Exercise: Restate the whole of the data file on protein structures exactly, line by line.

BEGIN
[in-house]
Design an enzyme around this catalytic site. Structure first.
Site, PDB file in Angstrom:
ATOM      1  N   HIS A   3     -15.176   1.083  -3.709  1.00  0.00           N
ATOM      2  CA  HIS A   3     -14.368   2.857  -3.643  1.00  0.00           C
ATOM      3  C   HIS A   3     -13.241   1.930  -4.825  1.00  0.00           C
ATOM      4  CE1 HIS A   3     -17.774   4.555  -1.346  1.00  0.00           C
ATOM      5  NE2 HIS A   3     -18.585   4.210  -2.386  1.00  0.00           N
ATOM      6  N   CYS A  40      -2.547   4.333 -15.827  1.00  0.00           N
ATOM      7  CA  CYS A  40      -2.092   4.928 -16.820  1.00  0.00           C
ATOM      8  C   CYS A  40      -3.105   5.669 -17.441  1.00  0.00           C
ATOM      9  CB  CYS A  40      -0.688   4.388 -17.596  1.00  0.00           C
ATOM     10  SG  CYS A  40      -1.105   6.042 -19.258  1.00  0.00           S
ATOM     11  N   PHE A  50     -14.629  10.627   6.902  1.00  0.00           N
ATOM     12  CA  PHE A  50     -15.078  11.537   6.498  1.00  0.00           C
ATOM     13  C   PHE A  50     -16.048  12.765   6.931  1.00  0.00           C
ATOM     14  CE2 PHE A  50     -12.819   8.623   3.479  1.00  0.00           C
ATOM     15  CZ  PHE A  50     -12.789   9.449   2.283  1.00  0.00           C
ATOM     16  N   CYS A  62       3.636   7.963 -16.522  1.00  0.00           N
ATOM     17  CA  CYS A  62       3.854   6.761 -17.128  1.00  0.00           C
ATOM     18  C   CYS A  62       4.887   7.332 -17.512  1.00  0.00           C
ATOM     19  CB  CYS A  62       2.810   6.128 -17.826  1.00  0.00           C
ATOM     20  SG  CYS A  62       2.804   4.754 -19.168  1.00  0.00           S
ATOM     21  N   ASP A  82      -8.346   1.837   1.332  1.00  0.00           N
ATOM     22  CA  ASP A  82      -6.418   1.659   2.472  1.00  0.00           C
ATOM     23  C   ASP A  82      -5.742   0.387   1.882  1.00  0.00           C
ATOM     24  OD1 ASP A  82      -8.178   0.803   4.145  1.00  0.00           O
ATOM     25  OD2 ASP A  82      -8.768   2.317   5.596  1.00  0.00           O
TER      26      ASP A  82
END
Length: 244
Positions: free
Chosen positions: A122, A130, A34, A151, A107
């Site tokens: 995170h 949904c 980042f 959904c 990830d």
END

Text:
[in-house]
Design an enzyme around this catalytic site. Structure first.
Site, PDB file in Angstrom:
ATOM      1  N   HIS A   3     -15.176   1.083  -3.709  1.00  0.00           N
ATOM      2  CA  HIS A   3     -14.368   2.857  -3.643  1.00  0.00           C
ATOM      3  C   HIS A   3     -13.241   1.930  -4.825  1.00  0.00           C
ATOM      4  CE1 HIS A   3     -17.774   4.555  -1.346  1.00  0.00           C
ATOM      5  NE2 HIS A   3     -18.585   4.210  -2.386  1.00  0.00           N
ATOM      6  N   CYS A  40      -2.547   4.333 -15.827  1.00  0.00           N
ATOM      7  CA  CYS A  40      -2.092   4.928 -16.820  1.00  0.00           C
ATOM      8  C   CYS A  40      -3.105   5.669 -17.441  1.00  0.00           C
ATOM      9  CB  CYS A  40      -0.688   4.388 -17.596  1.00  0.00           C
ATOM     10  SG  CYS A  40      -1.105   6.042 -19.258  1.00  0.00           S
ATOM     11  N   PHE A  50     -14.629  10.627   6.902  1.00  0.00           N
ATOM     12  CA  PHE A  50     -15.078  11.537   6.498  1.00  0.00           C
ATOM     13  C   PHE A  50     -16.048  12.765   6.931  1.00  0.00           C
ATOM     14  CE2 PHE A  50     -12.819   8.623   3.479  1.00  0.00           C
ATOM     15  CZ  PHE A  50     -12.789   9.449   2.283  1.00  0.00           C
ATOM     16  N   CYS A  62       3.636   7.963 -16.522  1.00  0.00           N
ATOM     17  CA  CYS A  62       3.854   6.761 -17.128  1.00  0.00           C
ATOM     18  C   CYS A  62       4.887   7.332 -17.512  1.00  0.00           C
ATOM     19  CB  CYS A  62       2.810   6.128 -17.826  1.00  0.00           C
ATOM     20  SG  CYS A  62       2.804   4.754 -19.168  1.00  0.00           S
ATOM     21  N   ASP A  82      -8.346   1.837   1.332  1.00  0.00           N
ATOM     22  CA  ASP A  82      -6.418   1.659   2.472  1.00  0.00           C
ATOM     23  C   ASP A  82      -5.742   0.387   1.882  1.00  0.00           C
ATOM     24  OD1 ASP A  82      -8.178   0.803   4.145  1.00  0.00           O
ATOM     25  OD2 ASP A  82      -8.768   2.317   5.596  1.00  0.00           O
TER      26      ASP A  82
END
Length: 244
Positions: free
Chosen positions: A122, A130, A34, A151, A107
């Site tokens: 995170h 949904c 980042f 959904c 990830d």